Tax Season for Homeowners: Know the Deductions

With the new tax laws passed in 2017, 2018 and 2019, the standard deductions are now $12,200 for an individual and $24,400 for a married couple. You might now have enough in homeowner deductions, which need to be over those limits to be of benefit, but you should know the rules regardless.

For some homeowners, itemizing simply may not be worth it. So when would itemizing work in your favor? As one example, if you're a married couple who paid $20,000 in mortgage interest and $6,000 in state and local taxes, you would exceed the standard deduction and be able to reduce your taxable income by an additional $2,000 by itemizing.

Mortgage Interest

Homeowners with a mortgage that went into effect before Dec. 15, 2017, can deduct interest on loans up to $1 million.

However, for acquisition debt incurred after Dec. 15, 2017, homeowners can only deduct the interest on the first $750,000.

Property Taxes

This deduction is capped at $10,000 for those married filing jointly no matter how much in property tax you paid.

And remember that if you have a mortgage, your property taxes are usually built into your monthly payment, so don't overlook them.

You should get a statement from your mortgage holder in January that itemized all the costs of your mortgage.

Private Mortgage Insurance

If you put less than 20% down on your home, odds are you're paying private mortgage insurance, or PMI, which costs from 0.3% to 1.15% of your home loan. But here's some good news for PMI users: You can deduct the interest on this insurance thanks to the Mortgage Insurance Tax Deduction Act of 2019. Also known as the Secure Act, it retroactively reinstated for 2018 and 2019 certain deductions and credits for homeowners.

Energy Efficient Upgrades

The Residential Energy Efficient Property Credit was a tax incentive for installing alternative energy upgrades in a home. Most of these tax credits expired after December 2016; however, two credits are still around. The credits for solar electric and solar water heating equipment are available through Dec. 31, 2021.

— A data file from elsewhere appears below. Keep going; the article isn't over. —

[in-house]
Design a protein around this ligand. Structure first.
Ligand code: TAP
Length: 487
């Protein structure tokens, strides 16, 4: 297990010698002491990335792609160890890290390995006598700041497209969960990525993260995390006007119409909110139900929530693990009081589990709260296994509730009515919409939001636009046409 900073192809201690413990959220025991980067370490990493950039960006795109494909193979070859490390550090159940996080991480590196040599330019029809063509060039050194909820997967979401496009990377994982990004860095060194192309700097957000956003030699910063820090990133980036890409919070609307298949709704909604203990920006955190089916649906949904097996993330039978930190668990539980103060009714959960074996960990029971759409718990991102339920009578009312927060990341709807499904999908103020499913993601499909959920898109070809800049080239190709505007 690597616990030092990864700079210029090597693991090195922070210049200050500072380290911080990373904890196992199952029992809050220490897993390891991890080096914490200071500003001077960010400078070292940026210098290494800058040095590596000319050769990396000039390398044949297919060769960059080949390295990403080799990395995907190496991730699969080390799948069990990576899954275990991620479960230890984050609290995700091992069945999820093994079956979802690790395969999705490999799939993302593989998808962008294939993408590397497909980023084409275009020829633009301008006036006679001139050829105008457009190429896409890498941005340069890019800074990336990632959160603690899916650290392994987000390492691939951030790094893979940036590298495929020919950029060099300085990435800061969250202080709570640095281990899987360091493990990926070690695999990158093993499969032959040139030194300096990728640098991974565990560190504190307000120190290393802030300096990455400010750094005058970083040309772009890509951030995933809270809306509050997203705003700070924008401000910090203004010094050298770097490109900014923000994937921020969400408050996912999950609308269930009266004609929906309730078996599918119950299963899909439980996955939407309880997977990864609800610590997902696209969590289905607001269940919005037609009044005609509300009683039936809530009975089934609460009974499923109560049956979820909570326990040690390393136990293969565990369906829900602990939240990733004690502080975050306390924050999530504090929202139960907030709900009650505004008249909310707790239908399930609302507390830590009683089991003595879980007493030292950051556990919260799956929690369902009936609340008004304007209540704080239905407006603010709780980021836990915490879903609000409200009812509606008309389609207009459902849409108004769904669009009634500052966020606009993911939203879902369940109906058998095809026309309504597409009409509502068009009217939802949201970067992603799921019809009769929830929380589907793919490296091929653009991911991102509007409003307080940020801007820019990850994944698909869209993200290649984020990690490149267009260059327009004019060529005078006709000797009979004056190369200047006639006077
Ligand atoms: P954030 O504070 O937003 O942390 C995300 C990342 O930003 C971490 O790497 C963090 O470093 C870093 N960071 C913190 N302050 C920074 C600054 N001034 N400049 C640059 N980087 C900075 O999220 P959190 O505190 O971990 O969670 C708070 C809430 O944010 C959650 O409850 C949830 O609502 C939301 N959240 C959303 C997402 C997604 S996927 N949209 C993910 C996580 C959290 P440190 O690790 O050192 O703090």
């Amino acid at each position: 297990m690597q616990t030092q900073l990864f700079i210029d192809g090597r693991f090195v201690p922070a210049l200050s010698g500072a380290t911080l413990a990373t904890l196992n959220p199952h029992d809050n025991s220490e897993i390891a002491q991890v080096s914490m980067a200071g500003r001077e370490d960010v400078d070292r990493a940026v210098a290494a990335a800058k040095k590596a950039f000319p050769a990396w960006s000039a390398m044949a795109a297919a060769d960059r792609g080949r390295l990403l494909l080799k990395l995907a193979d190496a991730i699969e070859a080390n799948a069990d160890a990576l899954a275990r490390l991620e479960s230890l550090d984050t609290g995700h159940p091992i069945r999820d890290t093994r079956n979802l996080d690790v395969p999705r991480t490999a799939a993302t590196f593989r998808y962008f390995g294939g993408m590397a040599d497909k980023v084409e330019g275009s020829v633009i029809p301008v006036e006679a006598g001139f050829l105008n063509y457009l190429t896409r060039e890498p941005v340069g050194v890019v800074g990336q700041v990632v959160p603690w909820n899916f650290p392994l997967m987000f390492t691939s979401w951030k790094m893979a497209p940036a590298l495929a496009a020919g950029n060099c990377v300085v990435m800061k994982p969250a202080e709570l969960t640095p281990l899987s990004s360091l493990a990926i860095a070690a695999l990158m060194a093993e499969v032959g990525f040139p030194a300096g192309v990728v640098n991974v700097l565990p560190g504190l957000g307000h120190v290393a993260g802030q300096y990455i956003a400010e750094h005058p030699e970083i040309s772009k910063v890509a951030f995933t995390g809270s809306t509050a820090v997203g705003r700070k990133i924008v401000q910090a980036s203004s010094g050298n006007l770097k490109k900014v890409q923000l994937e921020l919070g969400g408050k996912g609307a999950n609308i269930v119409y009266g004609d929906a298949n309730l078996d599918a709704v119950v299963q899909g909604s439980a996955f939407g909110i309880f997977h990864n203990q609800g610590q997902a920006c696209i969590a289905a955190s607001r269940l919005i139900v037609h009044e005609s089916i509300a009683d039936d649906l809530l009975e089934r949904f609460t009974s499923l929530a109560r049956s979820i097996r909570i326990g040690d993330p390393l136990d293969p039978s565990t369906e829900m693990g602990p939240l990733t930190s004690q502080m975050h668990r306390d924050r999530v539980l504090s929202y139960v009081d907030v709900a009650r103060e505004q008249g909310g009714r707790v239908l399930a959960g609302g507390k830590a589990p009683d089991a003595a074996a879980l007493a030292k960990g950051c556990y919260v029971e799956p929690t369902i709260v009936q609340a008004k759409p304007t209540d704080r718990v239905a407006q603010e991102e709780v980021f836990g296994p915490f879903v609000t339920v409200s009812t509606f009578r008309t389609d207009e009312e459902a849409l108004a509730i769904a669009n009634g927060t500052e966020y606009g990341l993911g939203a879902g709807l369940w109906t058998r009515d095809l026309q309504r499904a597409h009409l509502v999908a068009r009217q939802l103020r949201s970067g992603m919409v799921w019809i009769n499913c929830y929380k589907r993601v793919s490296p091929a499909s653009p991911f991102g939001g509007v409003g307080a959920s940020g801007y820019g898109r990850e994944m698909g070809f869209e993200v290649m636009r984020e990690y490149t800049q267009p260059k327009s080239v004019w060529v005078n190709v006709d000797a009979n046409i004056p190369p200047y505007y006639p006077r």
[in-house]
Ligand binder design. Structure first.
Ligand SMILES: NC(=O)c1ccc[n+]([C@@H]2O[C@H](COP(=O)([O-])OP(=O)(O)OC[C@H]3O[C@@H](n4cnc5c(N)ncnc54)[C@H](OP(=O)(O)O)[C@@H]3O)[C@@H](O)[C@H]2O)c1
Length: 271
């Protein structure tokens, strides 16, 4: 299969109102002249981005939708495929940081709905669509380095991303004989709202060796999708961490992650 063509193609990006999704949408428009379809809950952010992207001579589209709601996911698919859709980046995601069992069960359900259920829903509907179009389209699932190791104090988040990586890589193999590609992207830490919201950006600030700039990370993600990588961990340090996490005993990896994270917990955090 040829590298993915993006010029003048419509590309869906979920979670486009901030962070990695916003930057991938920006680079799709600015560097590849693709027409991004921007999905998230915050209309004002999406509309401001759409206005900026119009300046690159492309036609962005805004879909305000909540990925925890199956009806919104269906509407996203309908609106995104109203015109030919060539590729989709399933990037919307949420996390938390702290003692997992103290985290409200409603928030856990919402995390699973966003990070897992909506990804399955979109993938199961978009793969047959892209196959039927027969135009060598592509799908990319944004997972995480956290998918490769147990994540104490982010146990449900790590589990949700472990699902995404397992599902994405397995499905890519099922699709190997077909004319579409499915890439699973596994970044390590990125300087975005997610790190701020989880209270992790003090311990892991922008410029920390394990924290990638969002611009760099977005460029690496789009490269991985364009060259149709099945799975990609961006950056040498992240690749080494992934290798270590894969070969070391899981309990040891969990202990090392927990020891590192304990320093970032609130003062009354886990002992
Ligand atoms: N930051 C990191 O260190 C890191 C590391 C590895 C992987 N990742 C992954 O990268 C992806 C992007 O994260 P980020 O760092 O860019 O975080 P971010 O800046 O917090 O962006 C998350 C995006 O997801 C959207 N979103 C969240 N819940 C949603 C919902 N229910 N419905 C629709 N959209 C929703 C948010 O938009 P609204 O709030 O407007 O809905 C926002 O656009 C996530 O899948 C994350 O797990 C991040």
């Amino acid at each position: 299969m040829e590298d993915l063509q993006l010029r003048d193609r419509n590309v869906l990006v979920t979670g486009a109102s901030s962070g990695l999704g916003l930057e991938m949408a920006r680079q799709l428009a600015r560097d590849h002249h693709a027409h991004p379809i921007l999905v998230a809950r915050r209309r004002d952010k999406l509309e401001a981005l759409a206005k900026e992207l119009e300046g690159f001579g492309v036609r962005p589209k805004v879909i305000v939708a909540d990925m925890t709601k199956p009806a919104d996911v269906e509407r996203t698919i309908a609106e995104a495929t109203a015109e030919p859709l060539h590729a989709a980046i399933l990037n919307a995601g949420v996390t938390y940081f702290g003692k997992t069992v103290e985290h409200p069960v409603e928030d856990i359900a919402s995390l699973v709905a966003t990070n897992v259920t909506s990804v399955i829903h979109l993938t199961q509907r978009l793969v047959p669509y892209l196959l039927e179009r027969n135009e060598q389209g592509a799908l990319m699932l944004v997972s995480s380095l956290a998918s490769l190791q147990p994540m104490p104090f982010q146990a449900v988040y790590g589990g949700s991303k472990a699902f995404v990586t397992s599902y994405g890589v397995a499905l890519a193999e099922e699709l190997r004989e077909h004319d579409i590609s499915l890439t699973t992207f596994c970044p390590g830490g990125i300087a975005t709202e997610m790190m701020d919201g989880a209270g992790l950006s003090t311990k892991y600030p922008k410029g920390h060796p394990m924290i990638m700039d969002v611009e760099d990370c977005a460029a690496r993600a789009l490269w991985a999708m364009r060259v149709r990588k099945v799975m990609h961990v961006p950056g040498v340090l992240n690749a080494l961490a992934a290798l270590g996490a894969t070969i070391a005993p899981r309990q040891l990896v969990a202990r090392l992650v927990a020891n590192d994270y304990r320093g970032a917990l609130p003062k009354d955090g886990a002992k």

The Secure Act also retroactively reinstated a $500 deduction for certain qualified energy-efficient upgrades "such as exterior windows, doors, and insulation.

For equipment installed between Jan. 1, 2017, and Dec. 31, 2019, 30% of the expenditures is eligible for the credit. That goes down to 26% for installation between Jan. 1 and Dec. 31, 2020, and then to 22% for installation between Jan. 1 and Dec. 31, 2021.

A Home Office

Good news for all self-employed people whose home office is the main place they work: You can deduct $5 per square foot, up to 300 square feet, of office space, which amounts to a maximum deduction of $1,500.

Understand, however, that there are strict rules on what constitutes a dedicated, fully deductible home office space. Here's more on the much-misunderstood home office tax deduction.

The fine print: If you work from home occasionally but have an office to go to, you can't take this deduction.

Home Improvements that are Age Related

To get this break, these home improvements will need to exceed 7.5% of your adjusted gross income. So if you make $60,000, this deduction kicks in only on money spent over $4,500.

The cost of these improvements can result in a nice tax break for many older homeowners who plan to age in place and add renovations such as wheelchair ramps or grab bars in slippery bathrooms. Deductible improvements might also include widening doorways, lowering cabinets or electrical fixtures, and adding stair lifts.

The fine print: You’ll need a letter from your doctor to prove these changes were medically necessary.

Interest on a Home Equity Line of Credit (HELOC)

If you have a home equity line of credit, or HELOC, the interest you pay on that loan is deductible only if that loan is used specifically to "buy, build, or improve a property," according to the IRS. So you'll save cash if your home's crying out for a kitchen overhaul or half-bath. But you can't use your home as a piggy bank to pay for college or throw a wedding.

In the end, tax laws are complicated. If you have questions, consult a tax expert.



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